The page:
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The Journal of Technology, Learning, and Assessment

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People use external knowledge representations (KRs) to create, identify, depict, transform, store, share, and archive information. Learning to work with KRs is central to becoming proficient in virtually every discipline. As such, KRs play central roles in curriculum, instruction, and assessment. We describe five key roles of KRs in assessment: 1. An assessment is itself a KR, which makes explicit the knowledge that is valued, ways it is used, and standards of good work. 2. The analysis of any domain in which learning is to be assessed must include the identification and analysis of the KRs in that domain. 3. Assessment tasks can be structured around the knowledge, relationships, and uses of domain KRs. 4. “Design KRs” can be created to organize knowledge about a domain in forms that support the design of assessment. 5. KRs in the discipline of assessment design can guide and structure domain analyses (re #2), task construction (re #3), and the creation and use of design KRs (re #4). The third and fourth roles are developed in greater detail, through an “evidence-centered” design perspective that reflects the fifth role. Recurring implications of technology that leverage the impact of KRs in assessment are highlighted, including task design supports and automated task construction and scoring. Ideas are illustrated with “generate examples” tasks and simulation tasks for computer network design and troubleshooting.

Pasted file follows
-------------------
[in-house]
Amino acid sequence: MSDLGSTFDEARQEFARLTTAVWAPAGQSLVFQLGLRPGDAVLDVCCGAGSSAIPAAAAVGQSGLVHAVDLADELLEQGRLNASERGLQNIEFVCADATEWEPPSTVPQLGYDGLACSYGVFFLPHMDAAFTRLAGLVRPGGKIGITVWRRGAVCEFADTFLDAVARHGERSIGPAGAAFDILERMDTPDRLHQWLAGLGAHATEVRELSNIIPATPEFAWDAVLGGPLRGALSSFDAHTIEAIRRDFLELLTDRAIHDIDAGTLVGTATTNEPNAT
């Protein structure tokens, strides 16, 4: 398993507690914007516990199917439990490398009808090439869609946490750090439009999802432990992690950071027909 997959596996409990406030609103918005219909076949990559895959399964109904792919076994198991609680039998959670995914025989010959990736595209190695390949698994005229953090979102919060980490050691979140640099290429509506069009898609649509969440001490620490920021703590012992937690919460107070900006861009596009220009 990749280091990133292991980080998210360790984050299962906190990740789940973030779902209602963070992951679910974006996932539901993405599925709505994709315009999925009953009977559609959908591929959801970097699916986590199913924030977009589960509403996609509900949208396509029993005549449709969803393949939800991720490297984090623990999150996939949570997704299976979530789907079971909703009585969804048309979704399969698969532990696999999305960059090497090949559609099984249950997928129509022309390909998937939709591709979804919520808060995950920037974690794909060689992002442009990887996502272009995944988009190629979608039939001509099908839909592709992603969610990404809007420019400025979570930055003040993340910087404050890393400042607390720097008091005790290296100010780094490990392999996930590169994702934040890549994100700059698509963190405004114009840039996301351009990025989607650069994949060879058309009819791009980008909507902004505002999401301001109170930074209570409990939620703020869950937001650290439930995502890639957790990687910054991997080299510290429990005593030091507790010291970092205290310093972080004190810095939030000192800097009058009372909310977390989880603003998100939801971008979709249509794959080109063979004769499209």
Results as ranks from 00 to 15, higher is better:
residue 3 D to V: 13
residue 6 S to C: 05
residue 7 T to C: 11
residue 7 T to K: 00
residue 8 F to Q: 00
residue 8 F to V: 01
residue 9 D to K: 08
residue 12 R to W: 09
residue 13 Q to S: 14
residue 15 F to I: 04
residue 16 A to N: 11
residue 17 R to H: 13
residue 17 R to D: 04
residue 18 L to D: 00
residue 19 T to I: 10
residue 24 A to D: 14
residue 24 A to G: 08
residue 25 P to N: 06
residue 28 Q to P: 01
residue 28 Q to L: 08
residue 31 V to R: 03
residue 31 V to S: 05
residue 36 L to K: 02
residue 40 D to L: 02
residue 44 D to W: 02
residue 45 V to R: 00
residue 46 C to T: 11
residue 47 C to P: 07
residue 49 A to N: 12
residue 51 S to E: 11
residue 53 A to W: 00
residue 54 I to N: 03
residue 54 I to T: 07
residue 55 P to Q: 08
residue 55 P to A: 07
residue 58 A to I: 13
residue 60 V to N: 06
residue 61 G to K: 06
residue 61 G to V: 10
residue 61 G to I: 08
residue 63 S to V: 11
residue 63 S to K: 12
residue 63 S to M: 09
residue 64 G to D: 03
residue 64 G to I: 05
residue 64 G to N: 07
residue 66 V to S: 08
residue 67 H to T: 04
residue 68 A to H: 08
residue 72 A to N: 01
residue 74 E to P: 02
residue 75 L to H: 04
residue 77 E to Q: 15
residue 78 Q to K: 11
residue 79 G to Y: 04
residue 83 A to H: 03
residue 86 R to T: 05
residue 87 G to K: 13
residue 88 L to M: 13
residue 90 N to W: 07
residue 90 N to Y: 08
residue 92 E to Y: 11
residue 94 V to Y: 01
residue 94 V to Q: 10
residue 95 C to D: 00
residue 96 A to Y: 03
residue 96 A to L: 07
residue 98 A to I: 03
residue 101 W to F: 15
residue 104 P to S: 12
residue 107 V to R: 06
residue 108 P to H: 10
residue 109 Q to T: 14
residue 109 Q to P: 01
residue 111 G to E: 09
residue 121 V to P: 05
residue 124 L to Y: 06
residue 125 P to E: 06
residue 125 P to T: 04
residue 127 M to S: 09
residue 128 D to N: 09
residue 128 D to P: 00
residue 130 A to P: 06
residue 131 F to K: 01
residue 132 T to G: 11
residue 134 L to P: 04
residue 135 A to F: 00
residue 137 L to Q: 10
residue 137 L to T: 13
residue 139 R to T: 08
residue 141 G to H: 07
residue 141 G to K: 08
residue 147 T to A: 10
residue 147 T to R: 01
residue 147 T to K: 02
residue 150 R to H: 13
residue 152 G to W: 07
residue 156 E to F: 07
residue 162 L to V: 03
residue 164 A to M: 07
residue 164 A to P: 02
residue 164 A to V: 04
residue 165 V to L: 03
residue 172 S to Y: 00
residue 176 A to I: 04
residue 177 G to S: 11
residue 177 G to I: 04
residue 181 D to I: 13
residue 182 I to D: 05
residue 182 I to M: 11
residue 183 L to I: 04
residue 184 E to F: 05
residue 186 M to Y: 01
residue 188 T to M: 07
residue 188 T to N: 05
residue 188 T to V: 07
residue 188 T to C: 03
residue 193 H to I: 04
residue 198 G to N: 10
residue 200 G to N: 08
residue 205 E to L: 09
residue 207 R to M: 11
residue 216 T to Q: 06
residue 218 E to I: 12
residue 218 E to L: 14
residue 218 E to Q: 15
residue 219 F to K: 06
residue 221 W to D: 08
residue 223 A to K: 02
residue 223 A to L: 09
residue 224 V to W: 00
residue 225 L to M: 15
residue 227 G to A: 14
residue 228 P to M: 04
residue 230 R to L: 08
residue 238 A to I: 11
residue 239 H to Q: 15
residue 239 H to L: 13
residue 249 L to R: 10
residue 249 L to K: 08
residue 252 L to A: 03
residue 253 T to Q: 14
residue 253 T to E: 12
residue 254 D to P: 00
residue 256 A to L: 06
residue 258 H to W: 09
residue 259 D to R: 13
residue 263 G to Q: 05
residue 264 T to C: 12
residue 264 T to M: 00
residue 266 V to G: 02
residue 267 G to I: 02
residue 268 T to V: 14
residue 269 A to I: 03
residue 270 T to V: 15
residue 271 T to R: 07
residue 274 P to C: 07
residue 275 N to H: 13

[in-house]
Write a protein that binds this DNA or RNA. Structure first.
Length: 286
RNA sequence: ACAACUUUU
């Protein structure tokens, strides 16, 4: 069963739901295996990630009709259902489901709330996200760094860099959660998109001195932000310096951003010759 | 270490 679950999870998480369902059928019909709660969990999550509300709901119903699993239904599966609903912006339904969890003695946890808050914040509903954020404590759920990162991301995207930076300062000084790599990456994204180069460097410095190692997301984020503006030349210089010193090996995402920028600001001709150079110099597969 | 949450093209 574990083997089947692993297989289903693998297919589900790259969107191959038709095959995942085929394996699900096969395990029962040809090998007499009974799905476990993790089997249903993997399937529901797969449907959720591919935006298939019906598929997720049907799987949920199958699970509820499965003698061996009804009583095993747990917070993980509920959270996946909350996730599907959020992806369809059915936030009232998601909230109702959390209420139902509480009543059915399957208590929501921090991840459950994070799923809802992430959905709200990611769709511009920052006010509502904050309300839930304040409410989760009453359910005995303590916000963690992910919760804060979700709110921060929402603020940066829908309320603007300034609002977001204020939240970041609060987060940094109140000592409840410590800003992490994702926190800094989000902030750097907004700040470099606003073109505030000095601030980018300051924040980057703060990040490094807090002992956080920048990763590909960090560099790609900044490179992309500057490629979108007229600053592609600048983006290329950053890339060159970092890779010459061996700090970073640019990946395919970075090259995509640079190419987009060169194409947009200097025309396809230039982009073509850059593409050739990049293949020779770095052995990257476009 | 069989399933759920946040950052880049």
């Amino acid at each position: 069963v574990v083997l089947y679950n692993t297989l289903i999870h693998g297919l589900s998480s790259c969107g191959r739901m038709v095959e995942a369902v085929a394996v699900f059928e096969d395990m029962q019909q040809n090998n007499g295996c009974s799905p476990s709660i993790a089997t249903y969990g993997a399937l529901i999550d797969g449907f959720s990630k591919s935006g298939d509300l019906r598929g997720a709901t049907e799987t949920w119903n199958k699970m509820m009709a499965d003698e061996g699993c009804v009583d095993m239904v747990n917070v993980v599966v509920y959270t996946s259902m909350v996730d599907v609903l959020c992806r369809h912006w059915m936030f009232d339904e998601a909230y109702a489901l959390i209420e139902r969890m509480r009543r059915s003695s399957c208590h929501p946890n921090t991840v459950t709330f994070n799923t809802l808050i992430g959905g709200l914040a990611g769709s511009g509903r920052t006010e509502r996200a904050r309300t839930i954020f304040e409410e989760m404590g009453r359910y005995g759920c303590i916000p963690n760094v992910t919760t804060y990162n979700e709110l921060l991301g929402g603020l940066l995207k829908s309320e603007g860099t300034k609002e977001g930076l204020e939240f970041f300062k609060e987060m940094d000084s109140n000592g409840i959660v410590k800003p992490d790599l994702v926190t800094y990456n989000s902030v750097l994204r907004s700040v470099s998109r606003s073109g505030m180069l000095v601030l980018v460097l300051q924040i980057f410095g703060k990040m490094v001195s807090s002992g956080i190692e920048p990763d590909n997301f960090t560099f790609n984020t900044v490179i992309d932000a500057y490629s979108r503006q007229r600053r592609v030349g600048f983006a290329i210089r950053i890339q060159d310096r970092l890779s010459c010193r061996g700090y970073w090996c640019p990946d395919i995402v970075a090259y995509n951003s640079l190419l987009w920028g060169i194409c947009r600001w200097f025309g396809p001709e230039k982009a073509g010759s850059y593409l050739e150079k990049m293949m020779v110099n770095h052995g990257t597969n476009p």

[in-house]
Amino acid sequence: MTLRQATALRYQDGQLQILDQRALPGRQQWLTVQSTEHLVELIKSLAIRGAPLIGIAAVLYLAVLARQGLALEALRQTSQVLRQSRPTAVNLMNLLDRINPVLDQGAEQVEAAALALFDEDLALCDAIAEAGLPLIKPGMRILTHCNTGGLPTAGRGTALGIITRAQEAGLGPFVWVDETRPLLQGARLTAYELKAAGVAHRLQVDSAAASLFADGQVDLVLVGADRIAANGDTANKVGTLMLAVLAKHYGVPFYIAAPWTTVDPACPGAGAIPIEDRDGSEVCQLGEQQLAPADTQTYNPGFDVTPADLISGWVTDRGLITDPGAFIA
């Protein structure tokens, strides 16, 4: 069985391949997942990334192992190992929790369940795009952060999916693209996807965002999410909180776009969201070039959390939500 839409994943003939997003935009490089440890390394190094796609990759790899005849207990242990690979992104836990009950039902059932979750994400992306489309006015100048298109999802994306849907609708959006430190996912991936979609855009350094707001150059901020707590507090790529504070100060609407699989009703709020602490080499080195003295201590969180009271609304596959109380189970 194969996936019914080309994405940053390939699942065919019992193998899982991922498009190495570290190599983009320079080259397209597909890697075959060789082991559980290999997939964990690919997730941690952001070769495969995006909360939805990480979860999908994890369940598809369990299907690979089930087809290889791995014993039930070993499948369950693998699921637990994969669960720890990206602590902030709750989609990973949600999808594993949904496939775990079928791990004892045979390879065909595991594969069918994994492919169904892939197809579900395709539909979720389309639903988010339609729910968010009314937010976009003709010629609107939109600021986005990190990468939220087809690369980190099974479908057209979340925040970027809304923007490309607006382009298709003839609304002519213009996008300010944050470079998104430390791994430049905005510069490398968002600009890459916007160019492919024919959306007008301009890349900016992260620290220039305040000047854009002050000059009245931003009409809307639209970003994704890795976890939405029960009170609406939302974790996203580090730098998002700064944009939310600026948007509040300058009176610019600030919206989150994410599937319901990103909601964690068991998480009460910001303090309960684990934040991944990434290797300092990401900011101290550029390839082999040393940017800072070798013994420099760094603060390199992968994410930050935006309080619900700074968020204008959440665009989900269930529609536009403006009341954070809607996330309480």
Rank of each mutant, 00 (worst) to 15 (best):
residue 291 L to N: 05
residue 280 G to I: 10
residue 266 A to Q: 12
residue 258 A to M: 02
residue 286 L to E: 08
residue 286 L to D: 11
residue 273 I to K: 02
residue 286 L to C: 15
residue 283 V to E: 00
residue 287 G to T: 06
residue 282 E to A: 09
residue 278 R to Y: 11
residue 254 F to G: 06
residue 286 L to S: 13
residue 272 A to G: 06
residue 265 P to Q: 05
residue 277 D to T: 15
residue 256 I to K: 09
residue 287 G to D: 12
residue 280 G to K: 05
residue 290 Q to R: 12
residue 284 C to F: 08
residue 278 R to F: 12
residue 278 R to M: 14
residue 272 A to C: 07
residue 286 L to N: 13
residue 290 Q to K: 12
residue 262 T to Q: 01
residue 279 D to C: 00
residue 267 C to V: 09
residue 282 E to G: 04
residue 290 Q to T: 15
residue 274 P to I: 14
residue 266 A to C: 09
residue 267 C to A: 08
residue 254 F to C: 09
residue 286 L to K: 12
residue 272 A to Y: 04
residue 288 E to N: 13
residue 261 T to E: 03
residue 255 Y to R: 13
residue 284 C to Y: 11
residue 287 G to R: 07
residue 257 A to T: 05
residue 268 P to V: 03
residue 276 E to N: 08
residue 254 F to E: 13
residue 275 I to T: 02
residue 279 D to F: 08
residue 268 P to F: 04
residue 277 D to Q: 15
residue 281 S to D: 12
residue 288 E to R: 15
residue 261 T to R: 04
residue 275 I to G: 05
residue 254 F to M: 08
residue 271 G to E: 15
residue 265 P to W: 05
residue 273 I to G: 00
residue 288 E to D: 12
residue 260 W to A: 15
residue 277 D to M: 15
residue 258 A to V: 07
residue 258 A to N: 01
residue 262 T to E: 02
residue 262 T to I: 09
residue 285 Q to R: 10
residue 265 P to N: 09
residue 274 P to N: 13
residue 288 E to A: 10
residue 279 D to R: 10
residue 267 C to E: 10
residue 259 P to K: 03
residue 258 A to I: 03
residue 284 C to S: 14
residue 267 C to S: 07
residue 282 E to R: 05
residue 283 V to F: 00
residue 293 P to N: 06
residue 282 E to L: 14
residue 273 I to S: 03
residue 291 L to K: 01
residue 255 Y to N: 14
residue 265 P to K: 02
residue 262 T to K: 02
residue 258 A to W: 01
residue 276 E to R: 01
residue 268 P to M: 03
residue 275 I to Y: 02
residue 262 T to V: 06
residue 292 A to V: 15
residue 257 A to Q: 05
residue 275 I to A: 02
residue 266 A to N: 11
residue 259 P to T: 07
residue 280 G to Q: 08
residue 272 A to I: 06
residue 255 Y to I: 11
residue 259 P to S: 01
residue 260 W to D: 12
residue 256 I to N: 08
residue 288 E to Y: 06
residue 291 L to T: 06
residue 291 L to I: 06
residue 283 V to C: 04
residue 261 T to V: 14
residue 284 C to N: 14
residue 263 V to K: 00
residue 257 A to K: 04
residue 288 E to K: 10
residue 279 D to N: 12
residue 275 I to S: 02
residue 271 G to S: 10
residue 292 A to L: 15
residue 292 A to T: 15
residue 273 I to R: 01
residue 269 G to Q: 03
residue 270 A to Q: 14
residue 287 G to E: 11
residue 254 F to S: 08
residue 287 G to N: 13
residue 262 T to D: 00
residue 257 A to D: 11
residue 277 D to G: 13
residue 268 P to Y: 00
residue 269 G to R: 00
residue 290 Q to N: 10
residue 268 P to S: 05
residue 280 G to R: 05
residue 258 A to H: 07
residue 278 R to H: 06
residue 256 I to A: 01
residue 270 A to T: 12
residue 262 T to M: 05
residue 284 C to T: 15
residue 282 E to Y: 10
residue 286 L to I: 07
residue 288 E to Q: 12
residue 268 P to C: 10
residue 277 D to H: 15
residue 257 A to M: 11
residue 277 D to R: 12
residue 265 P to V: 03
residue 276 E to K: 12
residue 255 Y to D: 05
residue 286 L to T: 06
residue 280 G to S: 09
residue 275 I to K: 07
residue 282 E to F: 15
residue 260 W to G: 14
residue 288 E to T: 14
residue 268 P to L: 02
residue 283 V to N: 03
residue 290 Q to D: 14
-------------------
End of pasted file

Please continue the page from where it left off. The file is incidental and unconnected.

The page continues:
Curriculum and Instruction | Education

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